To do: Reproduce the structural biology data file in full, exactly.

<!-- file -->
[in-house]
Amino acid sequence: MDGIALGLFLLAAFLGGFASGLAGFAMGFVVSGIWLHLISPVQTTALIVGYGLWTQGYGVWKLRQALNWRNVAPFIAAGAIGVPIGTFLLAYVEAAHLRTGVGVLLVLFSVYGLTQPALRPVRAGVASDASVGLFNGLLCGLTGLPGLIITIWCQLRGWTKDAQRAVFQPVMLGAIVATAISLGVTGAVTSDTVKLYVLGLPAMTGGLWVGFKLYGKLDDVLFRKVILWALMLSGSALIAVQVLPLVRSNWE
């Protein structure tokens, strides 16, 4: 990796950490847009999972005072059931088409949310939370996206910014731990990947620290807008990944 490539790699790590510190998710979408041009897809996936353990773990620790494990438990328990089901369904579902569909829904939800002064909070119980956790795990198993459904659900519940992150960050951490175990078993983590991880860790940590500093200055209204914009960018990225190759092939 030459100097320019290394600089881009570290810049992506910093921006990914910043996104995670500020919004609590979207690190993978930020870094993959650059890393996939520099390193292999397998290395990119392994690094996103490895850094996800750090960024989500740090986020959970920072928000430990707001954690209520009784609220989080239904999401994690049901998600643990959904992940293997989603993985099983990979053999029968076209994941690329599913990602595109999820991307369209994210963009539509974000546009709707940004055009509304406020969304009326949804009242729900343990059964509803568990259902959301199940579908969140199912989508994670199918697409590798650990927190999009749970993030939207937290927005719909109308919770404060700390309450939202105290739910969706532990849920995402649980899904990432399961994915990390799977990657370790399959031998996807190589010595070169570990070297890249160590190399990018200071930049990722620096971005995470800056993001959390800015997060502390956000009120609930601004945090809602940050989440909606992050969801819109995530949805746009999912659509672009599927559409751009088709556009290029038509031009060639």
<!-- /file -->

[in-house]
Amino acid sequence: MDGIALGLFLLAAFLGGFASGLAGFAMGFVVSGIWLHLISPVQTTALIVGYGLWTQGYGVWKLRQALNWRNVAPFIAAGAIGVPIGTFLLAYVEAAHLRTGVGVLLVLFSVYGLTQPALRPVRAGVASDASVGLFNGLLCGLTGLPGLIITIWCQLRGWTKDAQRAVFQPVMLGAIVATAISLGVTGAVTSDTVKLYVLGLPAMTGGLWVGFKLYGKLDDVLFRKVILWALMLSGSALIAVQVLPLVRSNWE
């Protein structure tokens, strides 16, 4: 990796950490847009999972005072059931088409949310939370996206910014731990990947620290807008990944 490539790699790590510190998710979408041009897809996936353990773990620790494990438990328990089901369904579902569909829904939800002064909070119980956790795990198993459904659900519940992150960050951490175990078993983590991880860790940590500093200055209204914009960018990225190759092939 030459100097320019290394600089881009570290810049992506910093921006990914910043996104995670500020919004609590979207690190993978930020870094993959650059890393996939520099390193292999397998290395990119392994690094996103490895850094996800750090960024989500740090986020959970920072928000430990707001954690209520009784609220989080239904999401994690049901998600643990959904992940293997989603993985099983990979053999029968076209994941690329599913990602595109999820991307369209994210963009539509974000546009709707940004055009509304406020969304009326949804009242729900343990059964509803568990259902959301199940579908969140199912989508994670199918697409590798650990927190999009749970993030939207937290927005719909109308919770404060700390309450939202105290739910969706532990849920995402649980899904990432399961994915990390799977990657370790399959031998996807190589010595070169570990070297890249160590190399990018200071930049990722620096971005995470800056993001959390800015997060502390956000009120609930601004945090809602940050989440909606992050969801819109995530949805746009999912659509672009599927559409751009088709556009290029038509031009060639």